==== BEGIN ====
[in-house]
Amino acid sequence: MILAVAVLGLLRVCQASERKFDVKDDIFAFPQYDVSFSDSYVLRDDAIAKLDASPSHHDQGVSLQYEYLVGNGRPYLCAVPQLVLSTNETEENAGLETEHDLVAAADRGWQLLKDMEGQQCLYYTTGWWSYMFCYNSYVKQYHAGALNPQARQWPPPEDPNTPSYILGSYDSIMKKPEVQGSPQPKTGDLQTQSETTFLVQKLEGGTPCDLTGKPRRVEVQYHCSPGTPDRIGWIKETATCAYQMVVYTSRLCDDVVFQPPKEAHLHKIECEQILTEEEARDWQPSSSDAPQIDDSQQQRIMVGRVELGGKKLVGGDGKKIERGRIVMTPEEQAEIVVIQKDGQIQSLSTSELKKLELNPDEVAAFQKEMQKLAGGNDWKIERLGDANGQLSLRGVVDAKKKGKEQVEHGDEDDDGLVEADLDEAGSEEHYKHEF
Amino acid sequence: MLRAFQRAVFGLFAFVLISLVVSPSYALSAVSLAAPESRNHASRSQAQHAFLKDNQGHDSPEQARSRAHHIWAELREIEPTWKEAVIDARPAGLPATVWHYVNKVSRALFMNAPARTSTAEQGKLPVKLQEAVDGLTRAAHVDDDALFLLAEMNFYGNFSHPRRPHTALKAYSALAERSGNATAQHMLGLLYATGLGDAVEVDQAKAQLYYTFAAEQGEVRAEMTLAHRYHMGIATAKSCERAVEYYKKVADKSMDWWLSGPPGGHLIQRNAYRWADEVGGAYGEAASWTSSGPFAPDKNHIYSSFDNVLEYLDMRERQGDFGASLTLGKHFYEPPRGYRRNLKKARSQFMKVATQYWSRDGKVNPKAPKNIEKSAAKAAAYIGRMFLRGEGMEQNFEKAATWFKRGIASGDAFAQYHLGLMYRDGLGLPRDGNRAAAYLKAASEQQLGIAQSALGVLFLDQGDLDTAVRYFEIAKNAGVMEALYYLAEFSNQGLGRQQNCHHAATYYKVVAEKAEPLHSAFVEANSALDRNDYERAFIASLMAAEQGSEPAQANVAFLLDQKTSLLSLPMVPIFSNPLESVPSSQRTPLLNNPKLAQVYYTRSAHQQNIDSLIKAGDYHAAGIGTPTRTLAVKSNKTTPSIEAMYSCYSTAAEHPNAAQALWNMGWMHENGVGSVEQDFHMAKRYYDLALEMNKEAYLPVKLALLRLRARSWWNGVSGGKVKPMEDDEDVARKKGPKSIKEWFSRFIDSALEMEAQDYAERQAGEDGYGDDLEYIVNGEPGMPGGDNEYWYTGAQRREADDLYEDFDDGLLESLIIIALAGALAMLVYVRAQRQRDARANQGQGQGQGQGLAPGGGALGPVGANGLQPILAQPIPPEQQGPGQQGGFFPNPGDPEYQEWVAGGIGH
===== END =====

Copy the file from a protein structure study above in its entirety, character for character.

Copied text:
[in-house]
Amino acid sequence: MILAVAVLGLLRVCQASERKFDVKDDIFAFPQYDVSFSDSYVLRDDAIAKLDASPSHHDQGVSLQYEYLVGNGRPYLCAVPQLVLSTNETEENAGLETEHDLVAAADRGWQLLKDMEGQQCLYYTTGWWSYMFCYNSYVKQYHAGALNPQARQWPPPEDPNTPSYILGSYDSIMKKPEVQGSPQPKTGDLQTQSETTFLVQKLEGGTPCDLTGKPRRVEVQYHCSPGTPDRIGWIKETATCAYQMVVYTSRLCDDVVFQPPKEAHLHKIECEQILTEEEARDWQPSSSDAPQIDDSQQQRIMVGRVELGGKKLVGGDGKKIERGRIVMTPEEQAEIVVIQKDGQIQSLSTSELKKLELNPDEVAAFQKEMQKLAGGNDWKIERLGDANGQLSLRGVVDAKKKGKEQVEHGDEDDDGLVEADLDEAGSEEHYKHEF
Amino acid sequence: MLRAFQRAVFGLFAFVLISLVVSPSYALSAVSLAAPESRNHASRSQAQHAFLKDNQGHDSPEQARSRAHHIWAELREIEPTWKEAVIDARPAGLPATVWHYVNKVSRALFMNAPARTSTAEQGKLPVKLQEAVDGLTRAAHVDDDALFLLAEMNFYGNFSHPRRPHTALKAYSALAERSGNATAQHMLGLLYATGLGDAVEVDQAKAQLYYTFAAEQGEVRAEMTLAHRYHMGIATAKSCERAVEYYKKVADKSMDWWLSGPPGGHLIQRNAYRWADEVGGAYGEAASWTSSGPFAPDKNHIYSSFDNVLEYLDMRERQGDFGASLTLGKHFYEPPRGYRRNLKKARSQFMKVATQYWSRDGKVNPKAPKNIEKSAAKAAAYIGRMFLRGEGMEQNFEKAATWFKRGIASGDAFAQYHLGLMYRDGLGLPRDGNRAAAYLKAASEQQLGIAQSALGVLFLDQGDLDTAVRYFEIAKNAGVMEALYYLAEFSNQGLGRQQNCHHAATYYKVVAEKAEPLHSAFVEANSALDRNDYERAFIASLMAAEQGSEPAQANVAFLLDQKTSLLSLPMVPIFSNPLESVPSSQRTPLLNNPKLAQVYYTRSAHQQNIDSLIKAGDYHAAGIGTPTRTLAVKSNKTTPSIEAMYSCYSTAAEHPNAAQALWNMGWMHENGVGSVEQDFHMAKRYYDLALEMNKEAYLPVKLALLRLRARSWWNGVSGGKVKPMEDDEDVARKKGPKSIKEWFSRFIDSALEMEAQDYAERQAGEDGYGDDLEYIVNGEPGMPGGDNEYWYTGAQRREADDLYEDFDDGLLESLIIIALAGALAMLVYVRAQRQRDARANQGQGQGQGQGLAPGGGALGPVGANGLQPILAQPIPPEQQGPGQQGGFFPNPGDPEYQEWVAGGIGH